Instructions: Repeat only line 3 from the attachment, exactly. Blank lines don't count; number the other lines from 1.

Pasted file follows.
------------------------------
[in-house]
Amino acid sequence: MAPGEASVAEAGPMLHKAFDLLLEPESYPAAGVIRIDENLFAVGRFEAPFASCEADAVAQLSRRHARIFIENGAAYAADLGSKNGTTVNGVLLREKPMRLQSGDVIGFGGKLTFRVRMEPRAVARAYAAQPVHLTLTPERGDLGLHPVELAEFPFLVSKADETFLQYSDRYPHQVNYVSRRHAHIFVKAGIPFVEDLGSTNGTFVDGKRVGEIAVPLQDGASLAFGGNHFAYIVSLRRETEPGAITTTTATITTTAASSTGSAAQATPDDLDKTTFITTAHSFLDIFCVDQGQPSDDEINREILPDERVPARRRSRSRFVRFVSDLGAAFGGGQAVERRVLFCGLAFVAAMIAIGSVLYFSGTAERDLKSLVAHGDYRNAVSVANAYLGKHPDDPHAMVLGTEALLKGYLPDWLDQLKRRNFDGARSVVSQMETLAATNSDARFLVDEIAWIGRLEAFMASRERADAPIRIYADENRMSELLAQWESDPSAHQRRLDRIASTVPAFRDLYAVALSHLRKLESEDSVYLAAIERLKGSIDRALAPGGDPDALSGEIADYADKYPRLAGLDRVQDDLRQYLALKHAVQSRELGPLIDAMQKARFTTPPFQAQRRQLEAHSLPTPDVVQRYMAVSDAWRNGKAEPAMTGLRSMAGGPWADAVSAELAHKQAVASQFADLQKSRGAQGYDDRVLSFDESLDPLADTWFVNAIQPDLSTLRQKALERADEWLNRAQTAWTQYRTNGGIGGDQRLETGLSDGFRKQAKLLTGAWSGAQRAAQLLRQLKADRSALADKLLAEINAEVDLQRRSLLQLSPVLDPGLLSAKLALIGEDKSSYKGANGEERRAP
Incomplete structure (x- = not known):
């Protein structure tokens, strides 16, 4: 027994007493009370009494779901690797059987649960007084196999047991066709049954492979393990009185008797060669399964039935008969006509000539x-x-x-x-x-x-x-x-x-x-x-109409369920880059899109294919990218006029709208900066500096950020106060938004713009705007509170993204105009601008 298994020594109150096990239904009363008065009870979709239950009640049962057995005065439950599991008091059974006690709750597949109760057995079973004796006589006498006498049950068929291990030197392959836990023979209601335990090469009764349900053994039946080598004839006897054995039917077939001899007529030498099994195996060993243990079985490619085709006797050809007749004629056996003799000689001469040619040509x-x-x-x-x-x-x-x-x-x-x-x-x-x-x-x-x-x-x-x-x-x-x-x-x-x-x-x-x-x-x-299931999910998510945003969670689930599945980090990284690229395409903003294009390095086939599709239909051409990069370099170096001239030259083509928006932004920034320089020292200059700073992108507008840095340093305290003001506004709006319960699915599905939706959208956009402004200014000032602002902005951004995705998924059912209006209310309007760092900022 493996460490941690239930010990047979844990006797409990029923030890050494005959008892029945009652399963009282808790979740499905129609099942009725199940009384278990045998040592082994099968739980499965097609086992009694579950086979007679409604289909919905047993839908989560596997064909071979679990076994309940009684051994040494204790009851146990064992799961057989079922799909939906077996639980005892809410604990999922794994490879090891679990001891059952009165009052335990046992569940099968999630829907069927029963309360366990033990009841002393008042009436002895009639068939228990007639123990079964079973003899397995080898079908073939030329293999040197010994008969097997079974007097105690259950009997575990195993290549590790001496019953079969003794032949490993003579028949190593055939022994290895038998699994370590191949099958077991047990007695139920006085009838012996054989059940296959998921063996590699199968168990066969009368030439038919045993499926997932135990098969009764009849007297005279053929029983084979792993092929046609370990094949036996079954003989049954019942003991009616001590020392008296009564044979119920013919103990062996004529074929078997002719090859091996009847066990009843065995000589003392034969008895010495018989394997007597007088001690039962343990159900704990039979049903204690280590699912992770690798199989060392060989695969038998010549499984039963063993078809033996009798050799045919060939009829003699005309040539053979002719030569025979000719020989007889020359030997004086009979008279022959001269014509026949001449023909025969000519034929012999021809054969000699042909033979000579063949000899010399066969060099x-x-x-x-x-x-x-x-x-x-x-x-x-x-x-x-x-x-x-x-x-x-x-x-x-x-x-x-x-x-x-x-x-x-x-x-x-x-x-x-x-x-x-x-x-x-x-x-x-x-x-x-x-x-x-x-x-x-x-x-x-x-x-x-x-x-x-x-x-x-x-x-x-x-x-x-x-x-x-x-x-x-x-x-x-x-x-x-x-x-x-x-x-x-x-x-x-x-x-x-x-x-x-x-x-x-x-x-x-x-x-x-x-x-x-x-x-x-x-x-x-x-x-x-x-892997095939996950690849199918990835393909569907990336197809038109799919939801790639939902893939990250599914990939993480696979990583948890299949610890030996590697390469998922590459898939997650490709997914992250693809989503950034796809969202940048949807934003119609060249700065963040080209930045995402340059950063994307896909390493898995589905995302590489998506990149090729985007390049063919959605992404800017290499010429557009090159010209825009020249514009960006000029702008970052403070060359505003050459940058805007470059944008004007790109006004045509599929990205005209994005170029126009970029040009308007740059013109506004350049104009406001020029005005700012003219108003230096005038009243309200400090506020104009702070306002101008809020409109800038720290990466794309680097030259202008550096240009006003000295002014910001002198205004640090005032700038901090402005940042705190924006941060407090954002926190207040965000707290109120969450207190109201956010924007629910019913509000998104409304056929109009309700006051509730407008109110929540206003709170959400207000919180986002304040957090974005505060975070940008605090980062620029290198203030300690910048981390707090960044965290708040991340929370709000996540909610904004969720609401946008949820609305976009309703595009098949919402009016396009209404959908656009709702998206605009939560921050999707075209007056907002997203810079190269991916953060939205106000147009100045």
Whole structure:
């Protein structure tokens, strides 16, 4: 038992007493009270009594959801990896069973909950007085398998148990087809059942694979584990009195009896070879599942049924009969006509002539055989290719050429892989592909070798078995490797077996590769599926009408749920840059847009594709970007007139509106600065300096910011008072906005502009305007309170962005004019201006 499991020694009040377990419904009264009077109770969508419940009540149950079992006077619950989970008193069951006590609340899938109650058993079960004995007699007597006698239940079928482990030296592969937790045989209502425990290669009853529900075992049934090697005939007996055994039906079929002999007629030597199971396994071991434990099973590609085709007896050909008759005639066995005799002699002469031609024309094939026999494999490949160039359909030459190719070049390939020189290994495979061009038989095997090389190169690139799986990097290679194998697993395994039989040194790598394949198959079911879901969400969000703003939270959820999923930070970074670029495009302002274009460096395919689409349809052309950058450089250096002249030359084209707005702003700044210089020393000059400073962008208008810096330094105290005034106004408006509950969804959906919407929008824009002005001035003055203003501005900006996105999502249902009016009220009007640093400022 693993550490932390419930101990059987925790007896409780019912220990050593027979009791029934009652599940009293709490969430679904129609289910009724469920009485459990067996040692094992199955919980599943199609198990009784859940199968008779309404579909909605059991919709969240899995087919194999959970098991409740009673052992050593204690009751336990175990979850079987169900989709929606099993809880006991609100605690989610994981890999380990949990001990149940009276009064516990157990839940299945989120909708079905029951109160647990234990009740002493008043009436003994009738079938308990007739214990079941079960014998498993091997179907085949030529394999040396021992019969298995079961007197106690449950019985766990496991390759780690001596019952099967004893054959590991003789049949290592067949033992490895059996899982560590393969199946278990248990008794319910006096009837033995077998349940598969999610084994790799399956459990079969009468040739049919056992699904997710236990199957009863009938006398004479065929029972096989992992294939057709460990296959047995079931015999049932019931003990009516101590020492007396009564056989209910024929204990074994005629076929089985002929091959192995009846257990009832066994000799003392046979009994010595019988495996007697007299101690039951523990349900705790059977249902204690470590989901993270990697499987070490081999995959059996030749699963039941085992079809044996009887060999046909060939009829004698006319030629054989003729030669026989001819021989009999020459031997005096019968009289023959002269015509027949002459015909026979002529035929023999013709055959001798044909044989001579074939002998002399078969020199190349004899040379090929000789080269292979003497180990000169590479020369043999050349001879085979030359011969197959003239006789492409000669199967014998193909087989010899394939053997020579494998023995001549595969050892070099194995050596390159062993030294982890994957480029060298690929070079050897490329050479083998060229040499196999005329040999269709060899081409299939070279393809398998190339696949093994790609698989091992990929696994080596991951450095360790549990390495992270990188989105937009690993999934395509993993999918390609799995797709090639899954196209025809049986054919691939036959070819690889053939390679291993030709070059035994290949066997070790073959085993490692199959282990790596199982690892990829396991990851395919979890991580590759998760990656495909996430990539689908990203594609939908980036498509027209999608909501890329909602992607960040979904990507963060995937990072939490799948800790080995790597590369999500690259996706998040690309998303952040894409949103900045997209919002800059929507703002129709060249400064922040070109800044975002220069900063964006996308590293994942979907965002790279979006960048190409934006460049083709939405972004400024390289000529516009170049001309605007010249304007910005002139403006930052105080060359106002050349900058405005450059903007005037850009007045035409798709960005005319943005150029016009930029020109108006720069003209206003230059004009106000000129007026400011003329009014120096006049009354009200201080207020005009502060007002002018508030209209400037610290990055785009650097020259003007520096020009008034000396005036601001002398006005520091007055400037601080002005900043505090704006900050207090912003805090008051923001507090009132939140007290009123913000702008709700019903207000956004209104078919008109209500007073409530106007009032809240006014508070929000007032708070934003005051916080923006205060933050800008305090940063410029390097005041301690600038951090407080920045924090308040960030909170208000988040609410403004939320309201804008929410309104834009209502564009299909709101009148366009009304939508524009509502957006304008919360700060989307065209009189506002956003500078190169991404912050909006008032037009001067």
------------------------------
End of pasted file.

Incomplete structure (x- = not known):